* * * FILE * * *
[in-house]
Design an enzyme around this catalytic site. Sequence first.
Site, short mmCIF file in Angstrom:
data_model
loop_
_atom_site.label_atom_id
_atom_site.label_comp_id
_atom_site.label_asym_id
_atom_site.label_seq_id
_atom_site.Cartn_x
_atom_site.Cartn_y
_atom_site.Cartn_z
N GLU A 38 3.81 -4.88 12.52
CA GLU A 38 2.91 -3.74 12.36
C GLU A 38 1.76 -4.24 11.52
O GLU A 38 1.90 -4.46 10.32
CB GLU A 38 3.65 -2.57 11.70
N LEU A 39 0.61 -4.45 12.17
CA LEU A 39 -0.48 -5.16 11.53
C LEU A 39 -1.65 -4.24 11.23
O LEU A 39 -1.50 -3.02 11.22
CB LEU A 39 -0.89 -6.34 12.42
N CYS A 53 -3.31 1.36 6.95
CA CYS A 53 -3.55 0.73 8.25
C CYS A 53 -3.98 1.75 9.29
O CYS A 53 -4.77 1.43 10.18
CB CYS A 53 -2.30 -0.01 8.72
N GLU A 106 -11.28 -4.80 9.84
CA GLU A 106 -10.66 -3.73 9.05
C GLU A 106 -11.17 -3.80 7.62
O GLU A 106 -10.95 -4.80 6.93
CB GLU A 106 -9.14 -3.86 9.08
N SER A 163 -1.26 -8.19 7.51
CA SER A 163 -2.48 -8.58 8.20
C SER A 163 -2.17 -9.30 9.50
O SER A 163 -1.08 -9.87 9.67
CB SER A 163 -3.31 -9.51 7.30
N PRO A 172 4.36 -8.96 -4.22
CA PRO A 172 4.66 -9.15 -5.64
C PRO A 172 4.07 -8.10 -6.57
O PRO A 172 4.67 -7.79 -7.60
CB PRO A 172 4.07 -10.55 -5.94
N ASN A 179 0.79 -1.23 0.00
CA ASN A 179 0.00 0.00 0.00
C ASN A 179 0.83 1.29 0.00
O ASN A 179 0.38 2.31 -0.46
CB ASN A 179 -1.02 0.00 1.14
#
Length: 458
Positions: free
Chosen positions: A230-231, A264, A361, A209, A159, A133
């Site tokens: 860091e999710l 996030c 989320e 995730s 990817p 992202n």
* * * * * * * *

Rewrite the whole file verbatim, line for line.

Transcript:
[in-house]
Design an enzyme around this catalytic site. Sequence first.
Site, short mmCIF file in Angstrom:
data_model
loop_
_atom_site.label_atom_id
_atom_site.label_comp_id
_atom_site.label_asym_id
_atom_site.label_seq_id
_atom_site.Cartn_x
_atom_site.Cartn_y
_atom_site.Cartn_z
N GLU A 38 3.81 -4.88 12.52
CA GLU A 38 2.91 -3.74 12.36
C GLU A 38 1.76 -4.24 11.52
O GLU A 38 1.90 -4.46 10.32
CB GLU A 38 3.65 -2.57 11.70
N LEU A 39 0.61 -4.45 12.17
CA LEU A 39 -0.48 -5.16 11.53
C LEU A 39 -1.65 -4.24 11.23
O LEU A 39 -1.50 -3.02 11.22
CB LEU A 39 -0.89 -6.34 12.42
N CYS A 53 -3.31 1.36 6.95
CA CYS A 53 -3.55 0.73 8.25
C CYS A 53 -3.98 1.75 9.29
O CYS A 53 -4.77 1.43 10.18
CB CYS A 53 -2.30 -0.01 8.72
N GLU A 106 -11.28 -4.80 9.84
CA GLU A 106 -10.66 -3.73 9.05
C GLU A 106 -11.17 -3.80 7.62
O GLU A 106 -10.95 -4.80 6.93
CB GLU A 106 -9.14 -3.86 9.08
N SER A 163 -1.26 -8.19 7.51
CA SER A 163 -2.48 -8.58 8.20
C SER A 163 -2.17 -9.30 9.50
O SER A 163 -1.08 -9.87 9.67
CB SER A 163 -3.31 -9.51 7.30
N PRO A 172 4.36 -8.96 -4.22
CA PRO A 172 4.66 -9.15 -5.64
C PRO A 172 4.07 -8.10 -6.57
O PRO A 172 4.67 -7.79 -7.60
CB PRO A 172 4.07 -10.55 -5.94
N ASN A 179 0.79 -1.23 0.00
CA ASN A 179 0.00 0.00 0.00
C ASN A 179 0.83 1.29 0.00
O ASN A 179 0.38 2.31 -0.46
CB ASN A 179 -1.02 0.00 1.14
#
Length: 458
Positions: free
Chosen positions: A230-231, A264, A361, A209, A159, A133
């Site tokens: 860091e999710l 996030c 989320e 995730s 990817p 992202n």